Sunday, November 27, 2011

Eating Organic!

You are what you eat.  It is up to you to choose what food is going to sustain you day after day.  You prepare it; you eat it; you digest and absorb it; it becomes your blood, your cells, your tissues.

When I shop at an organic market and buy a diverse collection of vegetables, fruits, grains, seaweed noodles, kombucha, fresh makes me SO HAPPY.  I love knowing that my family is putting truly good food into our bodies.

The more I learn, the more I understand how critical it is that we all eat organic whenever possible.  This is important for cancer prevention and especially if you are living with cancer.  For your body to fight the cancer cells, it has to be at its absolute best.  That means digesting food easily and not battling free radicals, toxins, and chemicals that make your body and your liver have to work hard to flush them out.  If you have cancer, you want your body to have an easy job of digesting and using food to its benefit, so that it has energy to fight the tumor and heal.  Organic food will absolutely make that process more likely.

"Something will have gone out of us as a people if we ever let the remaining wilderness be destroyed; if we permit the last virgin forests to be turned into comic books and plastic cigarette cases...if we pollute the last clean air and dirty the last clean that never again will Americans be free from noise, the exhausts, the stinks of human and automotive waste.  And so that never again can we have the chance to see ourselves as...part of the environment of trees and rocks and soil, brother to the other animals, part of the natural world and competent to belong in it."
-Wallace Stegner

Having less pesticides on our growing food is also, obviously, better for our planet.  The cleaner our planet, the cleaner we will be.  Eating organic supports a cleaner water supply; agricultural run-off is poisoning our water, which affects each of us with the water we drink.  If we support organic, there will eventually be less toxins on the land.

In addition to organic food being less toxic and polluting of our bodies and our planet, Rutgers University recently conducted a study comparing organic produce with conventional, and the study showed that organic has a (much) higher nutritional count.  So not only are we getting fewer toxins, chemicals, and genetically engineered ingredients in our body when we eat organic, but we are also getting simply better nutritional value.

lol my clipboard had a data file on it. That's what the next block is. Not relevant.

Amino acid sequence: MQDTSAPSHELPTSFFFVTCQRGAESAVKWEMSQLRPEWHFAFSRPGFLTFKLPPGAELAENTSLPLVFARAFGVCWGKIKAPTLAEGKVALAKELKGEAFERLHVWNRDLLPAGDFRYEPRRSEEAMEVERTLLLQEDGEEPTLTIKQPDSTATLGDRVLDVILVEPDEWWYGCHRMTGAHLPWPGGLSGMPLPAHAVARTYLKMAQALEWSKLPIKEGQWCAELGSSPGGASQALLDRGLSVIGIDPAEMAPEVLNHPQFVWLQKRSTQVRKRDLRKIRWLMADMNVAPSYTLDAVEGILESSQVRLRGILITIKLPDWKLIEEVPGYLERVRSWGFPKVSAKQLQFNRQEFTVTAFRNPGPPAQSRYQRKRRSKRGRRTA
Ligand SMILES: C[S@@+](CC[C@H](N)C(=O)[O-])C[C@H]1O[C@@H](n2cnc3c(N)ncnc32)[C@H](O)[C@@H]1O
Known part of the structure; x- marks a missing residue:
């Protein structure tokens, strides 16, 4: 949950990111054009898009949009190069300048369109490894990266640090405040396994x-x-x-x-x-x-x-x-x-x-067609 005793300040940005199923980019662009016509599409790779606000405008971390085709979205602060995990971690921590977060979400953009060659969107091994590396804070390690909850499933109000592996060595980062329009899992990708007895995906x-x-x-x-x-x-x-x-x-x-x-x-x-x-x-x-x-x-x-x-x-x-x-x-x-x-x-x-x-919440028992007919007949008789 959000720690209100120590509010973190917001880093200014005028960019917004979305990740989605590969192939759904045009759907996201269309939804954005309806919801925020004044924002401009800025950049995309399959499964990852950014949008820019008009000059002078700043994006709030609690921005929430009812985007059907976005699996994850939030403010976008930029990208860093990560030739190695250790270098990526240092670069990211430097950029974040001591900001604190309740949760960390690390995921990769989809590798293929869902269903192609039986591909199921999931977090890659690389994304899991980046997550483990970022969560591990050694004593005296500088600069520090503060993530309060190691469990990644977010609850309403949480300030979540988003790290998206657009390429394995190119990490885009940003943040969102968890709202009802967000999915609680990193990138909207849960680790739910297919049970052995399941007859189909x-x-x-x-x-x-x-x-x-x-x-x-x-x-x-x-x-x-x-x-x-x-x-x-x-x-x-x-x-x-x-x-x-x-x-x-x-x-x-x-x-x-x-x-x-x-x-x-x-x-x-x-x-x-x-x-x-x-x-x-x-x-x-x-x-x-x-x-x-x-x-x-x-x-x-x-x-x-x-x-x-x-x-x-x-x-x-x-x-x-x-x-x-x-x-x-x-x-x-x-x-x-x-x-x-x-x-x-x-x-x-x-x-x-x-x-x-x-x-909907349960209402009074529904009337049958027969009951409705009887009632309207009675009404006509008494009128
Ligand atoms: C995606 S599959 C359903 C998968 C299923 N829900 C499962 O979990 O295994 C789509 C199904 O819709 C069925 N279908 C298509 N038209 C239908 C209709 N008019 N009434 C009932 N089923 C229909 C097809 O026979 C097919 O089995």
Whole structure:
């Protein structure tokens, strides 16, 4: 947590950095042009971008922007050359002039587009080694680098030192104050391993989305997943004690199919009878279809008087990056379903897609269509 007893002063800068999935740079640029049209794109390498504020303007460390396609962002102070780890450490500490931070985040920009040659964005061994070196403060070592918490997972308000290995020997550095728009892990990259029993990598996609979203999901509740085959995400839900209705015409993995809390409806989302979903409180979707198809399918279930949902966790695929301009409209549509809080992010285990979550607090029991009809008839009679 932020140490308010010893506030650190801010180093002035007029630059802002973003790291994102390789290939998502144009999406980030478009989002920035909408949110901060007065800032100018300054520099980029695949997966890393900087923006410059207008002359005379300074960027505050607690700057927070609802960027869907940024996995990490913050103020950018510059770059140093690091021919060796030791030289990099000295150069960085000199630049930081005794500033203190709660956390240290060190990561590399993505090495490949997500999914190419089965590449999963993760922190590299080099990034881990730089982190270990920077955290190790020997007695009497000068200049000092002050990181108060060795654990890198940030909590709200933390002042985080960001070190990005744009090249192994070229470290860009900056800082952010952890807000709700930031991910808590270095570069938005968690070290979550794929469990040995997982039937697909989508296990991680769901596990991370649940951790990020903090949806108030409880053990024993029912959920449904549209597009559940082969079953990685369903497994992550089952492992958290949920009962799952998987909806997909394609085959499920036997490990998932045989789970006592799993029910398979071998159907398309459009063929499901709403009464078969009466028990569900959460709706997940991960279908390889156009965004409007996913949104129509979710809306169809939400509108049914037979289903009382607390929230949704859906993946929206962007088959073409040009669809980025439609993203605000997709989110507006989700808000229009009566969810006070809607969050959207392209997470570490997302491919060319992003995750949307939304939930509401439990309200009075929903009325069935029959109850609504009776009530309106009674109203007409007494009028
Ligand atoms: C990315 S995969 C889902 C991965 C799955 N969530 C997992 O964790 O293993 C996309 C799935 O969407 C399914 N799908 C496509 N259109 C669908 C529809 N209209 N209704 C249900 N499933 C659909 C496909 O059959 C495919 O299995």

Yes, organic is more expensive. But it is worth it.  Think about the long-term health costs you may accrue from eating food grown with pesticides or antibiotics.  Also consider that we only spend 13.8% of our income on food today, compared with 29.7% in 1950.  Food is cheaper, and the quality is less.  And our chronic disease and health problems have increased dramatically along with cheaper production costs.  If affording organic is hard on your wallet, refer to the chart below, which lists the "dirtiest foods," which are the most important to buy organic, and the "cleanest," which you can buy conventionally if you need to.

I love this recipe because, to me, lentils feel filling and delicious, without ever bogging you down.  The addition of the bright, colorful, juicy fruit and vegetables makes this dish a delight. And it is fast and easy, too.  Put on the lentils while you're unloading the dishwasher, chop the veggies, and...voila!  Be sure to use all organic, of course. 

Fruity, Crunchy Lentil Salad

1 lb black lentils or french lentils
1/2 hothouse cucumber, diced
1 red bell pepper, diced
2 green onions, diced
1/2 cup almonds, chopped and toasted
1-2 cup red grapes, halved
2 slices celery, diced
lemon zest from 2 lemons
juice from 2 lemons
1/4 cup olive oil
salt and pepper to taste

-Cook lentils, by covering them by 2 inches with water in a large pan. Bring to a boil and cook for about 22 minutes on a simmer
-Meanwhile, dice and chop all vegetables, grapes & almonds
-Pour veggies/grapes in a large bowl, and cover with lemon zest, salt and pepper
-Add in lentils once cooked & drained, and add olive oil and lemon juice to taste. Adjust seasoning to taste.
-Enjoy at room temperature or cold!

I like black lentils for their pretty, delicate shape and firm texture.

The mixture before adding the lentils.


  1. Wow, this recipe looks amazing...I'm definitely going to make this. Love the gorgeous colors of all the fresh veggies!